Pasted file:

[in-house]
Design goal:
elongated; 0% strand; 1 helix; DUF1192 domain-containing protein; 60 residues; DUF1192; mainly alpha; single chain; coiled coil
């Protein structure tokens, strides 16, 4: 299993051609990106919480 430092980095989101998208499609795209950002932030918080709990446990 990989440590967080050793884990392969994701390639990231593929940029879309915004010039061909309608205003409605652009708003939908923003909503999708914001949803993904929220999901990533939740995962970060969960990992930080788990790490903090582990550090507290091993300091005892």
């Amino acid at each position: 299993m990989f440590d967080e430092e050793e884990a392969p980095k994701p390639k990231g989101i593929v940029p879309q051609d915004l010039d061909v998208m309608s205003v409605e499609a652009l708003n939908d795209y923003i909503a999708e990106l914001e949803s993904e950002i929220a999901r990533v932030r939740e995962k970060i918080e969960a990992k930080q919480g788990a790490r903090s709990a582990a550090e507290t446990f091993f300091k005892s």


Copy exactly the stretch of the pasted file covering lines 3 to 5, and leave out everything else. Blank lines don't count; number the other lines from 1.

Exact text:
elongated; 0% strand; 1 helix; DUF1192 domain-containing protein; 60 residues; DUF1192; mainly alpha; single chain; coiled coil
């Protein structure tokens, strides 16, 4: 299993051609990106919480 430092980095989101998208499609795209950002932030918080709990446990 990989440590967080050793884990392969994701390639990231593929940029879309915004010039061909309608205003409605652009708003939908923003909503999708914001949803993904929220999901990533939740995962970060969960990992930080788990790490903090582990550090507290091993300091005892």
């Amino acid at each position: 299993m990989f440590d967080e430092e050793e884990a392969p980095k994701p390639k990231g989101i593929v940029p879309q051609d915004l010039d061909v998208m309608s205003v409605e499609a652009l708003n939908d795209y923003i909503a999708e990106l914001e949803s993904e950002i929220a999901r990533v932030r939740e995962k970060i918080e969960a990992k930080q919480g788990a790490r903090s709990a582990a550090e507290t446990f091993f300091k005892s």